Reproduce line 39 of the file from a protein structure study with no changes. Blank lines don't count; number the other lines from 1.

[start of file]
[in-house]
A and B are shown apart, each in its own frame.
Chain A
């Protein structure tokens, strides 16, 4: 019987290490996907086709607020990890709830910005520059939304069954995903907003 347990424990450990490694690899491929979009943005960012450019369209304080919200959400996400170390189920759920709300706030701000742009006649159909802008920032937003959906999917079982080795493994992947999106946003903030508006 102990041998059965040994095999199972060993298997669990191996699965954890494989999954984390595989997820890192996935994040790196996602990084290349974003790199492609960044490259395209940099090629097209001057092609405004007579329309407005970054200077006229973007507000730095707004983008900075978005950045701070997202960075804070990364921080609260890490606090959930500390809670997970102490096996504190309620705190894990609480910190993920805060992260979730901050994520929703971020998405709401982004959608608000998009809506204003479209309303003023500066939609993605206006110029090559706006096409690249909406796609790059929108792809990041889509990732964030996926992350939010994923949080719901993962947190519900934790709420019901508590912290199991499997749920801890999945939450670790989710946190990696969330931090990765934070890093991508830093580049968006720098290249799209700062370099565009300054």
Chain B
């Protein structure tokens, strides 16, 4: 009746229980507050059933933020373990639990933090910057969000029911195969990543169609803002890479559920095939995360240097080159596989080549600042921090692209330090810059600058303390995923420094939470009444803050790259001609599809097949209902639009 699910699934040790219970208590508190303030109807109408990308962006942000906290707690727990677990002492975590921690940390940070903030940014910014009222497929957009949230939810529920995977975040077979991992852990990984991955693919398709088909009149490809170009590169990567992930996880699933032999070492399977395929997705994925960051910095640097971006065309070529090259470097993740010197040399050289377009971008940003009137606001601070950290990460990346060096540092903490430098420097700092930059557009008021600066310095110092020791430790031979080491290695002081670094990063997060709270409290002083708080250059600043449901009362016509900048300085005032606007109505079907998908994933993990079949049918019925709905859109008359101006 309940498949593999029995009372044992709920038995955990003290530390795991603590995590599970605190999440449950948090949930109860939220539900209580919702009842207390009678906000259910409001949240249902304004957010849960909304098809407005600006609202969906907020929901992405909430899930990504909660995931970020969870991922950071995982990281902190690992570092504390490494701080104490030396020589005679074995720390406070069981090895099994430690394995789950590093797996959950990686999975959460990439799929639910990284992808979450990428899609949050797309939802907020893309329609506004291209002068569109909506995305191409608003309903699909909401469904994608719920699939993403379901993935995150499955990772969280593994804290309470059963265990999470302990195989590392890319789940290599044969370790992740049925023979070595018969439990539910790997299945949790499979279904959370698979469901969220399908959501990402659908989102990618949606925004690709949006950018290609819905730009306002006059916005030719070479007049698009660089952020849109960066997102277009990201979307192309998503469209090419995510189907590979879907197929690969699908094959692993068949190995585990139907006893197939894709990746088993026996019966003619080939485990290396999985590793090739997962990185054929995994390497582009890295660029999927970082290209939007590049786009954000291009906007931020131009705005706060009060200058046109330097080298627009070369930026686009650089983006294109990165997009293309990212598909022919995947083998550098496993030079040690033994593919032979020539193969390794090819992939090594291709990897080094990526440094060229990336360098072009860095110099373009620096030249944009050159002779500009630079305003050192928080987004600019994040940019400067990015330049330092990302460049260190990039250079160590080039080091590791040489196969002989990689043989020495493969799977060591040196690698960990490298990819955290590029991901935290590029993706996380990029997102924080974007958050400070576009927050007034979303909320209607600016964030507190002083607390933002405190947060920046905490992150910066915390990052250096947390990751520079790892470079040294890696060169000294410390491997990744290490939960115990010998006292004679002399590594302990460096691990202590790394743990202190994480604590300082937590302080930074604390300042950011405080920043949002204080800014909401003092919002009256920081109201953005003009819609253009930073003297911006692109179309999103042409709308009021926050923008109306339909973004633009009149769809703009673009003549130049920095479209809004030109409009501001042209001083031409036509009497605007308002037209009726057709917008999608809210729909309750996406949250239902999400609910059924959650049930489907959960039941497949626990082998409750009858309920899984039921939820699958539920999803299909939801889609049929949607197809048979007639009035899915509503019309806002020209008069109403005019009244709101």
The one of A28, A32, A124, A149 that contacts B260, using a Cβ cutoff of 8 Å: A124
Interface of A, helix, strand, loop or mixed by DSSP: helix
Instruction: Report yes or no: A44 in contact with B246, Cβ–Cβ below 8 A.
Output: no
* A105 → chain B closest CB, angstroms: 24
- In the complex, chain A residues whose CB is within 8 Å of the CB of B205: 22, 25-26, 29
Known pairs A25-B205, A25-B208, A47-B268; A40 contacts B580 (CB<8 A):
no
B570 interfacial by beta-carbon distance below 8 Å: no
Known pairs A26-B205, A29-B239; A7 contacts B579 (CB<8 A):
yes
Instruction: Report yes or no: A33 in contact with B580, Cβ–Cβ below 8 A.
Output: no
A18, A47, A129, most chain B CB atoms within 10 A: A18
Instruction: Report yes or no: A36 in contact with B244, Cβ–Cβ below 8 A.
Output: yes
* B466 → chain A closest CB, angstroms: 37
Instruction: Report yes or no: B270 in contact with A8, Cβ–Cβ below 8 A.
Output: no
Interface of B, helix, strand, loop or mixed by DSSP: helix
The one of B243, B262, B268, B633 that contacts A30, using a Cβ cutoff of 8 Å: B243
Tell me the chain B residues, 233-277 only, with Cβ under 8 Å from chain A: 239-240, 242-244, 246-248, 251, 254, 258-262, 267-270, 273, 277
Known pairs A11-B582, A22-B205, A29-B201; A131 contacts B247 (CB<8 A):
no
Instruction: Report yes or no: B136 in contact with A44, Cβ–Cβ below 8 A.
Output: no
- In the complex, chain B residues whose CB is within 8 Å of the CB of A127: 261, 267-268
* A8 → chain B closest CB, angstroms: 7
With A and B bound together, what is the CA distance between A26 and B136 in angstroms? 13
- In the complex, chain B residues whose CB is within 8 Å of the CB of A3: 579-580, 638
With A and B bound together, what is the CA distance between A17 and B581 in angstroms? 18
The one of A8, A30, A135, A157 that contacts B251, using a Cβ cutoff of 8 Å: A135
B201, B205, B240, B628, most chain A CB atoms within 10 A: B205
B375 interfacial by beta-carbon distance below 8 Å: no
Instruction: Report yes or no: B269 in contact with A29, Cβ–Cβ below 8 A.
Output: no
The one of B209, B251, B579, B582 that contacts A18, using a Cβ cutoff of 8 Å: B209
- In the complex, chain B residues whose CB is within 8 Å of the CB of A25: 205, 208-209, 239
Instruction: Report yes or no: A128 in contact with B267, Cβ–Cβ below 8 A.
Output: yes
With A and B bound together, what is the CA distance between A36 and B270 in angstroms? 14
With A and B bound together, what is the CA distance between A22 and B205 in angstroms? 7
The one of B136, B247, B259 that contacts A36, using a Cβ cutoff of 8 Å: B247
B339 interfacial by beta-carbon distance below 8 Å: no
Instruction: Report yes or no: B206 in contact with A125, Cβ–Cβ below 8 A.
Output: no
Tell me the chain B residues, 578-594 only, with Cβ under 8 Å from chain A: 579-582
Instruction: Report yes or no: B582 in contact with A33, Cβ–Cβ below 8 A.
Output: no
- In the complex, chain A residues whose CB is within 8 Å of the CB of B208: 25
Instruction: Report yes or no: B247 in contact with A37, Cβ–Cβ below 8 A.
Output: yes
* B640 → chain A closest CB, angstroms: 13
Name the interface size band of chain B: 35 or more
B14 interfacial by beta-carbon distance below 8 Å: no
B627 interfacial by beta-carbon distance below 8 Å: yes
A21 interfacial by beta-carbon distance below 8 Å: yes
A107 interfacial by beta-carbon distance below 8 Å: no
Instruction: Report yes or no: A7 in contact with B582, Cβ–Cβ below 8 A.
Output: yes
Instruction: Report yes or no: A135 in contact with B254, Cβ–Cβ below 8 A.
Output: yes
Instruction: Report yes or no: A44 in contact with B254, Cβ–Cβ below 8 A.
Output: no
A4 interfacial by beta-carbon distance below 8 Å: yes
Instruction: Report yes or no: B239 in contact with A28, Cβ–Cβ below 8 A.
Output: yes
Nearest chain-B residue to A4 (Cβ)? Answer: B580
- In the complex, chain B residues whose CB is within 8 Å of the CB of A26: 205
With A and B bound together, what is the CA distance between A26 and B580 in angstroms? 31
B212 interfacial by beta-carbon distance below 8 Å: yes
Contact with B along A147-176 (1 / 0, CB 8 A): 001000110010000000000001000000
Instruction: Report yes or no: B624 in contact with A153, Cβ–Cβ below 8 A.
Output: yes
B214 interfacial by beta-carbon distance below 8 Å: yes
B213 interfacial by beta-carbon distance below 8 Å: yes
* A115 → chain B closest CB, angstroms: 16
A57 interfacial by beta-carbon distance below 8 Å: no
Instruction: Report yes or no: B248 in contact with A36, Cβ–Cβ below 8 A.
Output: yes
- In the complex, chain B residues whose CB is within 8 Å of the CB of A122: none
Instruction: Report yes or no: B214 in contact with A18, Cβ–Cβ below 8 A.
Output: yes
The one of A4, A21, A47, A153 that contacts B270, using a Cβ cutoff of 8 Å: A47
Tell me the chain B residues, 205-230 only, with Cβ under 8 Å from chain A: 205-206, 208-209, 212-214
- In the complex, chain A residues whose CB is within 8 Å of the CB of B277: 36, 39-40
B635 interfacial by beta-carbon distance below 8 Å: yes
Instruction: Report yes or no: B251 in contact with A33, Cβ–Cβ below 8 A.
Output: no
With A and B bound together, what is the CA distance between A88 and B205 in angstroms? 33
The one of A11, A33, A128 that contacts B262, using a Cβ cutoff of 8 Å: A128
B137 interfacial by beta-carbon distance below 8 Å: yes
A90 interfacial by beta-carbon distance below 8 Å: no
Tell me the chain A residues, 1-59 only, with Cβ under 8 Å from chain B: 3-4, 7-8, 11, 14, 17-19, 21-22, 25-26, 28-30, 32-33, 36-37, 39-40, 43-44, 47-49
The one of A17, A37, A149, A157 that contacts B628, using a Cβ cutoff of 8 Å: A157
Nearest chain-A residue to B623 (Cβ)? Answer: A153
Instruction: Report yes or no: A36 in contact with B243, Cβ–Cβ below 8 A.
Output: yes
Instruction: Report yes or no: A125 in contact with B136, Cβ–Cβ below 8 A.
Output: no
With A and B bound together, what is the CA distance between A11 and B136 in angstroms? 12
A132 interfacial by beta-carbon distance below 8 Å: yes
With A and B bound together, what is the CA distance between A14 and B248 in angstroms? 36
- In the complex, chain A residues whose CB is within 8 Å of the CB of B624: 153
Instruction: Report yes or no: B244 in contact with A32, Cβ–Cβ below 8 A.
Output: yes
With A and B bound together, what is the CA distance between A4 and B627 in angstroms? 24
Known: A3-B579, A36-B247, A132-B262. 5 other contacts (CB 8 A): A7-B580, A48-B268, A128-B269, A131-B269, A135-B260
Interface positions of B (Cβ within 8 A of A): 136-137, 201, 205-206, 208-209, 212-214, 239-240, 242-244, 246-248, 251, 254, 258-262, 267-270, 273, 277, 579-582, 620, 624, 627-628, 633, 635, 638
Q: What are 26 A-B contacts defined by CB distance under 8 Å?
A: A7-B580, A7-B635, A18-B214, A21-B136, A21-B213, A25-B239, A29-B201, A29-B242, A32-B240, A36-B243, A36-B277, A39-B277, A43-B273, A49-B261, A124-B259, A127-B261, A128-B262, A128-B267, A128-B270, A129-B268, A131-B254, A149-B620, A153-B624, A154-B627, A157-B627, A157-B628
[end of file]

B201, B205, B240, B628, most chain A CB atoms within 10 A: B205